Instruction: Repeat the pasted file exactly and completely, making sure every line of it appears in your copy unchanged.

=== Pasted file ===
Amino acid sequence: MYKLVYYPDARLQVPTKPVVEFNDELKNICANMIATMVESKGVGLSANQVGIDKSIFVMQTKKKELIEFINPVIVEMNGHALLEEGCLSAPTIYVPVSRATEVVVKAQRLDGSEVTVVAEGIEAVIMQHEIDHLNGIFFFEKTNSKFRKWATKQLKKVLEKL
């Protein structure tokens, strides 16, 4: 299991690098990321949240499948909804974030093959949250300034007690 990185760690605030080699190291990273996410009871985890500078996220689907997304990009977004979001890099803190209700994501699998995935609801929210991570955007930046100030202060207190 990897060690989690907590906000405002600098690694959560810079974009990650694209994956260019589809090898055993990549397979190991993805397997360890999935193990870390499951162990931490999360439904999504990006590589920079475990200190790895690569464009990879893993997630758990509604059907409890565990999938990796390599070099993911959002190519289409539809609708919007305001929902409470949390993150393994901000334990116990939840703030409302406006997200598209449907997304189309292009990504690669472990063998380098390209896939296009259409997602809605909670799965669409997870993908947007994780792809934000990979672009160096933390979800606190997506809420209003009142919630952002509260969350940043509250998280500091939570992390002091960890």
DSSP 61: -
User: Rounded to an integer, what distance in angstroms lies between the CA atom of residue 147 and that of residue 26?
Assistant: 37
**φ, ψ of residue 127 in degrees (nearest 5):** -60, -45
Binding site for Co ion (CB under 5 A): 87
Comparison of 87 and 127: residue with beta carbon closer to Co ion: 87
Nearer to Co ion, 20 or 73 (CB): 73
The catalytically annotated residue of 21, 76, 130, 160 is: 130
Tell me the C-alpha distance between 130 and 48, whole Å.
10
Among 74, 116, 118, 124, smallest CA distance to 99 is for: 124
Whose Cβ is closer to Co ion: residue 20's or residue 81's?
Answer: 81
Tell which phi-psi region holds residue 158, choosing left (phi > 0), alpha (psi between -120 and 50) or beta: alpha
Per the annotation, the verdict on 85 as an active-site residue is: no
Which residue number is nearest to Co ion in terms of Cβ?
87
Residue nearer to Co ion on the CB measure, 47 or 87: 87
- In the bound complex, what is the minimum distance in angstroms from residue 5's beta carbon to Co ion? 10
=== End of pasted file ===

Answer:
Amino acid sequence: MYKLVYYPDARLQVPTKPVVEFNDELKNICANMIATMVESKGVGLSANQVGIDKSIFVMQTKKKELIEFINPVIVEMNGHALLEEGCLSAPTIYVPVSRATEVVVKAQRLDGSEVTVVAEGIEAVIMQHEIDHLNGIFFFEKTNSKFRKWATKQLKKVLEKL
């Protein structure tokens, strides 16, 4: 299991690098990321949240499948909804974030093959949250300034007690 990185760690605030080699190291990273996410009871985890500078996220689907997304990009977004979001890099803190209700994501699998995935609801929210991570955007930046100030202060207190 990897060690989690907590906000405002600098690694959560810079974009990650694209994956260019589809090898055993990549397979190991993805397997360890999935193990870390499951162990931490999360439904999504990006590589920079475990200190790895690569464009990879893993997630758990509604059907409890565990999938990796390599070099993911959002190519289409539809609708919007305001929902409470949390993150393994901000334990116990939840703030409302406006997200598209449907997304189309292009990504690669472990063998380098390209896939296009259409997602809605909670799965669409997870993908947007994780792809934000990979672009160096933390979800606190997506809420209003009142919630952002509260969350940043509250998280500091939570992390002091960890």
DSSP 61: -
User: Rounded to an integer, what distance in angstroms lies between the CA atom of residue 147 and that of residue 26?
Assistant: 37
**φ, ψ of residue 127 in degrees (nearest 5):** -60, -45
Binding site for Co ion (CB under 5 A): 87
Comparison of 87 and 127: residue with beta carbon closer to Co ion: 87
Nearer to Co ion, 20 or 73 (CB): 73
The catalytically annotated residue of 21, 76, 130, 160 is: 130
Tell me the C-alpha distance between 130 and 48, whole Å.
10
Among 74, 116, 118, 124, smallest CA distance to 99 is for: 124
Whose Cβ is closer to Co ion: residue 20's or residue 81's?
Answer: 81
Tell which phi-psi region holds residue 158, choosing left (phi > 0), alpha (psi between -120 and 50) or beta: alpha
Per the annotation, the verdict on 85 as an active-site residue is: no
Which residue number is nearest to Co ion in terms of Cβ?
87
Residue nearer to Co ion on the CB measure, 47 or 87: 87
- In the bound complex, what is the minimum distance in angstroms from residue 5's beta carbon to Co ion? 10